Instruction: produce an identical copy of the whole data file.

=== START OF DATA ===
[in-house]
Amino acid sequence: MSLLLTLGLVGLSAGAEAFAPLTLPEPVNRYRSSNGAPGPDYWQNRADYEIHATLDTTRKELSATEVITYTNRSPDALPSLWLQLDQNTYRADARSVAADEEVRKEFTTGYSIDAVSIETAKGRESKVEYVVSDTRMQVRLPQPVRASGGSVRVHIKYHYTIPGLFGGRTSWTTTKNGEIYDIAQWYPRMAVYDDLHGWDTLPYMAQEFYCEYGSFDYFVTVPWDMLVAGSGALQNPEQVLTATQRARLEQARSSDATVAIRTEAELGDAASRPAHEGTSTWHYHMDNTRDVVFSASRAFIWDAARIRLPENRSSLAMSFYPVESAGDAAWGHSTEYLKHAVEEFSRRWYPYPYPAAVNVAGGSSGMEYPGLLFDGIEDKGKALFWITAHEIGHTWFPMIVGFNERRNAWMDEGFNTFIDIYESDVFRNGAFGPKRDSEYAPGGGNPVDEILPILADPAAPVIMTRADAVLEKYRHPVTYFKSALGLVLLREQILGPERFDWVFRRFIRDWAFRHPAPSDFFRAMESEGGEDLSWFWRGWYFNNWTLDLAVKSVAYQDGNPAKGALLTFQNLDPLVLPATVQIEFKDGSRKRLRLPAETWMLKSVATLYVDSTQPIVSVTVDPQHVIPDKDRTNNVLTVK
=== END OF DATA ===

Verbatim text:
[in-house]
Amino acid sequence: MSLLLTLGLVGLSAGAEAFAPLTLPEPVNRYRSSNGAPGPDYWQNRADYEIHATLDTTRKELSATEVITYTNRSPDALPSLWLQLDQNTYRADARSVAADEEVRKEFTTGYSIDAVSIETAKGRESKVEYVVSDTRMQVRLPQPVRASGGSVRVHIKYHYTIPGLFGGRTSWTTTKNGEIYDIAQWYPRMAVYDDLHGWDTLPYMAQEFYCEYGSFDYFVTVPWDMLVAGSGALQNPEQVLTATQRARLEQARSSDATVAIRTEAELGDAASRPAHEGTSTWHYHMDNTRDVVFSASRAFIWDAARIRLPENRSSLAMSFYPVESAGDAAWGHSTEYLKHAVEEFSRRWYPYPYPAAVNVAGGSSGMEYPGLLFDGIEDKGKALFWITAHEIGHTWFPMIVGFNERRNAWMDEGFNTFIDIYESDVFRNGAFGPKRDSEYAPGGGNPVDEILPILADPAAPVIMTRADAVLEKYRHPVTYFKSALGLVLLREQILGPERFDWVFRRFIRDWAFRHPAPSDFFRAMESEGGEDLSWFWRGWYFNNWTLDLAVKSVAYQDGNPAKGALLTFQNLDPLVLPATVQIEFKDGSRKRLRLPAETWMLKSVATLYVDSTQPIVSVTVDPQHVIPDKDRTNNVLTVK